On August 1, 1944, Miron Białoszewski, later to gain renown as one of Poland’s most innovative poets, went out to run an errand for his mother and ran into history. With Soviet forces on the outskirts of Warsaw, the Polish capital revolted against five years of Nazi occupation, an uprising that began in a spirit of heroic optimism. Sixty-three days later it came to a tragic end. The Nazis suppressed the insurgents ruthlessly, reducing Warsaw to rubble while slaughtering some 200,000 people, mostly through mass executions. The Red Army simply looked on.
Białoszewski’s blow-by-blow account of the uprising brings it alive in all its desperate urgency. Here we are in the shoes of a young man slipping back and forth under German fire, dodging sniper bullets, collapsing with exhaustion, rescuing the wounded, burying the dead. An indispensable and unforgettable act of witness, A Memoir of the Warsaw Uprising is also a major work of literature. Białoszewski writes in short, stabbing, splintered, breathless sentences attuned to “the glaring identity of ‘now.’” His pages are full of a white-knuckled poetry that resists the very destruction it records.
Madeline G. Levine has extensively revised her 1977 translation, and passages that were unpublishable in Communist Poland have been restored.
Probably the finest book about the insurrection of 1944. . . . Białoszewski’s book was about the city and its people; in the course of his narration, the two become interchangeable.
A Memoir of the Warsaw Uprising is a faithful, antiheroic, and nonpathetic description of disintegration: bombed houses, whole streets, human bodies disintegrate, as do objects of everyday use and human perceptions of the world.
In a country in which writers were supposed to uphold the moral conscience, Białoszewski was the opposite, a champion of insignificance…When the moment came, he filled page after page with details about life amid the rubble — about what it was like to pick dust and debris out of one’s soup, to visit a barber, to attend a Chopin concert with guns and bombs going off all around, or to use a latrine…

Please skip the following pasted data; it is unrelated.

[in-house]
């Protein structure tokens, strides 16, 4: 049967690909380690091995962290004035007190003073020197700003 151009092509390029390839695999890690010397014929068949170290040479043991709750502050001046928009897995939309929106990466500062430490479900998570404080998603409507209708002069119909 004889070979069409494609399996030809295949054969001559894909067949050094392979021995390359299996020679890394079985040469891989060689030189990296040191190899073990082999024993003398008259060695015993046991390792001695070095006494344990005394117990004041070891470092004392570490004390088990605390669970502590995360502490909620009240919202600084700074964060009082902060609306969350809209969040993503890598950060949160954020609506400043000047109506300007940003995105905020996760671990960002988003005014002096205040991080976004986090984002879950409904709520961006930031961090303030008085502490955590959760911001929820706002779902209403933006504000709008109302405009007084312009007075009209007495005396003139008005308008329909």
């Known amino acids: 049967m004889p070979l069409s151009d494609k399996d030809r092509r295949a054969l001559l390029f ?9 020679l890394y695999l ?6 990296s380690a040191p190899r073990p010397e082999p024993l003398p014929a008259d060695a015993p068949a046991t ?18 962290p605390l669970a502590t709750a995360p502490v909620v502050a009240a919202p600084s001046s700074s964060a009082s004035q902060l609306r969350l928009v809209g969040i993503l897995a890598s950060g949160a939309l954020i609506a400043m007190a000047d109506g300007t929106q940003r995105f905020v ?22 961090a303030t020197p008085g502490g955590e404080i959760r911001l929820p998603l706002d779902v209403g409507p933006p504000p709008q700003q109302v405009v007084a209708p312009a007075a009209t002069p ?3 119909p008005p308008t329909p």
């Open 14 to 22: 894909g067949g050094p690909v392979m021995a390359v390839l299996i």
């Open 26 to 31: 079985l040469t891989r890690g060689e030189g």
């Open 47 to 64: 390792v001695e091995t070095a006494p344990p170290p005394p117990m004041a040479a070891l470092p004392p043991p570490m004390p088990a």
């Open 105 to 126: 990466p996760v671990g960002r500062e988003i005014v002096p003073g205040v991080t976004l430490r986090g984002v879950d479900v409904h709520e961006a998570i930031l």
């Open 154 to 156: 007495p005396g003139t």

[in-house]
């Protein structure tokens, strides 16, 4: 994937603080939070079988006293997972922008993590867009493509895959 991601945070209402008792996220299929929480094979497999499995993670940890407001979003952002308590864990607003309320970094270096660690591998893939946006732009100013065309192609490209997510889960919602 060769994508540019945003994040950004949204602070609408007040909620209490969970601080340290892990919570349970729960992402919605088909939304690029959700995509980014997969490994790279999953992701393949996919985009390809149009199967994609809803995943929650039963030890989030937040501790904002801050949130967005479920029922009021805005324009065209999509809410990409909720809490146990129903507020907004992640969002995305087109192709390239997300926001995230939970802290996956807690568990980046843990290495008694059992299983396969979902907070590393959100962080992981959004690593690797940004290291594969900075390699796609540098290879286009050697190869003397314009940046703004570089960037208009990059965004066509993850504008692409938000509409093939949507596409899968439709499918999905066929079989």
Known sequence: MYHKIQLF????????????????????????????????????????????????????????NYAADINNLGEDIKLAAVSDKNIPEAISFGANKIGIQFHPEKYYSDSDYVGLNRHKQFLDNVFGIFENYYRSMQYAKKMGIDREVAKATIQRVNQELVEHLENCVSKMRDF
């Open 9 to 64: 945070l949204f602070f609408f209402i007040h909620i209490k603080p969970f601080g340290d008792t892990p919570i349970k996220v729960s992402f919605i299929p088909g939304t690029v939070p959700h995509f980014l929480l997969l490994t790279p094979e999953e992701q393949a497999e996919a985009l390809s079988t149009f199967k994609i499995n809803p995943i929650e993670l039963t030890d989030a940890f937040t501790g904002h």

—Daniel Lazare, Jacobin
A master of grammatical games, puns, and colloquial speech patterns, this dark-minded, philosophically inclined scrutinizer of the humblest objects of daily life is enjoying more popularity and critical attention a quarter century after his death than during his lifetime. Outside of Poland, he remains best known for his Memoir of the Warsaw Uprising.
—The Iowa Review
Białoszewski very quickly emerged, surfaced for me as the most exciting and most intriguing Polish writer of what now would be the second half of the century.
Białoszewski demonstrates that each loss also offers a new way of seeing and something new to see, even if what comes into view is only a ‘grey naked hole.’ He manages to generate a new form from absence and emptiness as the ‘greynakedhole’ takes on a life of its own. Seen this way, the world’s inescapable losses generate not only pain, but also creative possibility and even perhaps ‘inexhaustible joy.’
—Clare Cavanaugh, Partisan Review
This most ‘private’ author of postwar Polish literature disregards discourses of history so deeply embedded in the Polish literary tradition; rather he focuses on the mundane aspects of the everyday life, usually from an autobiographical perspective and using an overtly colloquial language. Although Białoszewski’s works have stirred many discussions, most of these have focused on his treatment of genres and language.
—Joanna Nizynska, professor of Polish, Harvard University
Poems of Miron Białoszewski is the book I hope to one day hold in my hands. A great post-war Polish poet, Białoszewski wrote work radically different from that of his contemporaries—Miłosz, Świr, Kamieńska, Herbert, and Szymborska—but his poetry was just as powerful and important to the development of the contemporary European lyric… When I mentioned [him] to Tomaž Šalamun in a recent conversation, Tomaž’s face lit up: ‘Białoszewski, when he is translated and available in English, will cause an explosion in American poetry!’ One hopes so.
—Ilya Kaminsky, poetry editor, Words Without Borders